Responding to the "Great Resignation"

The employment environment is changing, with resignations close to all-time highs.

Workers have more bargaining power than they have had for years," according to The Economist. adding that "employers offering low wages or poor conditions are struggling to fill positions."

Many have termed this The Great Resignation. Issues such as "burnout, workload, poor culture, and lack of flexibility", mixed in with the long-term effects following returning to work after the pandemic, have caused many employees to think again about their existing roles. When organisations have experienced multiple resignations and failed to hire replacements, but with no reduction in workload, existing employees are all the more likely to resign in numbers.

In August 2021 the number of available jobs in the UK exceeded one million, the highest figure on record. It is therefore vital that businesses begin to understand the reasons why the Great Resignation is happening, the underlying factors behind it and what can be done in response.

Much has been written about the mobility of millennials and GenZers (Generation Z - those born in and around the first decade of the century), but a Harvard Business Review survey found that resignation rates are highest among mid-career employees between the ages of 30 and 45. The survey said: "Many of these workers may have simply reached a breaking-point after months and months of high workloads, hiring freezes, and other pressures."

Numerous companies are now using third-party vendors to plug the resulting staffing gap, particularly where operational resilience is a priority. In a recent survey we conducted, which will be published in May 2022, Thomson Reuters found that 'the rise of third-party vendors has made resourcing easier?. We have found this with our customers who use the Confirmation platform to free up manual, time consuming tasks in order for teams to focus on more meaningful tasks.

For firms building up their own talent base, it is vital to create a positive company culture with characteristics such as flexibility, inclusivity and respect. In a Sloan Management Review article from March 2022, Why Every Leader Needs to Worry About Toxic Culture, the authors identify the decisive factor driving attrition as a toxic culture, almost always created by the leadership team.

Companies offering a hybrid model are less likely to be affected by attrition, with 28 per cent of workers saying that flexible working policies are encouraging them to stay in their current job. An August 2021 Gartner report, Redesigning Work for a Hybrid Future, stated that by going back to an office-centric model a company could lose up to 39 per cent of its workforce.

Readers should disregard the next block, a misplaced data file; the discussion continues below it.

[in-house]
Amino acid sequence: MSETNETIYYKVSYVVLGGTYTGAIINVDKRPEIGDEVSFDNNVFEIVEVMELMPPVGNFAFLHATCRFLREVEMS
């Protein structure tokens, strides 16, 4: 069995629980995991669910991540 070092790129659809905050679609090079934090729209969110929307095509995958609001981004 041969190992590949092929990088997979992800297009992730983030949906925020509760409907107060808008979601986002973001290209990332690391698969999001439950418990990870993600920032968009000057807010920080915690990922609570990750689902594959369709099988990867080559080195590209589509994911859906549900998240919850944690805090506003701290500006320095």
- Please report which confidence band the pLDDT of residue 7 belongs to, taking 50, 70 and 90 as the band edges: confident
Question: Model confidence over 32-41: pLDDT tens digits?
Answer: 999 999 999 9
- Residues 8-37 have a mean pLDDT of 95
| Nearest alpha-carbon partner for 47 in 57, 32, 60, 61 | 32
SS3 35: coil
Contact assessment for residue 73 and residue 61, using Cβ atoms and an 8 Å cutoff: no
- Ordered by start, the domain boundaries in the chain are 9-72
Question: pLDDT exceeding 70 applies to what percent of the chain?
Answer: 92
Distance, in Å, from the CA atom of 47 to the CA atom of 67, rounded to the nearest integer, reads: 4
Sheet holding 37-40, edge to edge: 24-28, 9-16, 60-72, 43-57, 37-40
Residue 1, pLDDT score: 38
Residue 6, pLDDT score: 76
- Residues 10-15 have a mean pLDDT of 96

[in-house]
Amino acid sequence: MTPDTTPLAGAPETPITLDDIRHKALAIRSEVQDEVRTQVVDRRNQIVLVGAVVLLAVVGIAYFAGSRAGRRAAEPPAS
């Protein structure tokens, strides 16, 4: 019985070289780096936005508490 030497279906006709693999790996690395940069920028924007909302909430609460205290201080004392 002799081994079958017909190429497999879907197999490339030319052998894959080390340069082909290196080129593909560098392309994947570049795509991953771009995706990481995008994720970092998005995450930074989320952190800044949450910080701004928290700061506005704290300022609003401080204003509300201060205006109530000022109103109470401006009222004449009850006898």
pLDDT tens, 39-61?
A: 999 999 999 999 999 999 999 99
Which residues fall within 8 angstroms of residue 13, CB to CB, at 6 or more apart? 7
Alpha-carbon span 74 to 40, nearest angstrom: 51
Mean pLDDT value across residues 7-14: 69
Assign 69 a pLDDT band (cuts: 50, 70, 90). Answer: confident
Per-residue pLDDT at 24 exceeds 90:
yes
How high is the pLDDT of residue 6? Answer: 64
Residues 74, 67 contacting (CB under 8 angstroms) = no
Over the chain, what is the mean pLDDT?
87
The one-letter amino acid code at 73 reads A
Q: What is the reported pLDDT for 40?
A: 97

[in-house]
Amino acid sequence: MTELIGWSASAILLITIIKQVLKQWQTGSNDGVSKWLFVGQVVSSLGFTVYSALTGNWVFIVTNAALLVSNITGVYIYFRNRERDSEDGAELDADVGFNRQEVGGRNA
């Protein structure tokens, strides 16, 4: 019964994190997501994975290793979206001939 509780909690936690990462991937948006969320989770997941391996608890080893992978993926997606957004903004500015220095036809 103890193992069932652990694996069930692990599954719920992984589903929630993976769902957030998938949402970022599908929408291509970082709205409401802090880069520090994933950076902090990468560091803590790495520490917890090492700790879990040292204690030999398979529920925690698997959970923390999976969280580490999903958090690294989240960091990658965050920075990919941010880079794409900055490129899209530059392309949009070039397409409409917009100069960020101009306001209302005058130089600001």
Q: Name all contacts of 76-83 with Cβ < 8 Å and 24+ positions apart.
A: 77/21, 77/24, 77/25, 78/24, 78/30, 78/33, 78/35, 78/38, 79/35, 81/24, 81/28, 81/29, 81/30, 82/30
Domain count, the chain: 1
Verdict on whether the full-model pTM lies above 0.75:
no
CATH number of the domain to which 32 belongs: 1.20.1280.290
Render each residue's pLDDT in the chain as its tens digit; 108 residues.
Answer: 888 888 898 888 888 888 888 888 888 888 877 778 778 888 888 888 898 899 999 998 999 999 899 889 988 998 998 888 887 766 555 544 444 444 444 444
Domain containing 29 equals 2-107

A Journal of Accountancy article highlights inclusivity as a means of retaining and hiring talented individuals, saying that "more finance teams are wanting to increase retention, wanting to upskill, wanting to ensure that their teams are diverse".

Organisations should therefore be "implementing gender equity policies to hire, retain, and promote women, and tapping the return-to-work talent pool and being welcoming to applicants from different generations". This inclusive search for talent should, for example, embrace neurodiversity, which can help businesses become more effective and successful. "This approach is about helping everyone to thrive and seeing everyone as talent, no matter how their brain works."

The American apprenticeship scheme for certified public accountants exemplifies another perspective on recruitment - one that has also been adopted in London - in order to encourage candidates from less affluent backgrounds. "An apprenticeship widens the aperture of the lens through which an organisation can look for candidates. It basically increases the talent pool."

UK Finance has partnered with the I Have a Voice initiative, whose mission is to create employment opportunities in the public affairs sector for young people from backgrounds that are under-represented in the sector and world of politics.

The financial organisations that apply this more open-minded view and look across all of society are better able to discover and recruit a diverse range of talented employees - the 'talent upgrade? that our survey's 200 heads of tech are seeking. And developing a respectful, positive company culture is essential for retaining staff, as well as sending a welcoming message to potential joiners.

These two closely connected strategies - together with drawing on contingent resourcing - offer the likeliest way for firms to survive the Great Resignation.

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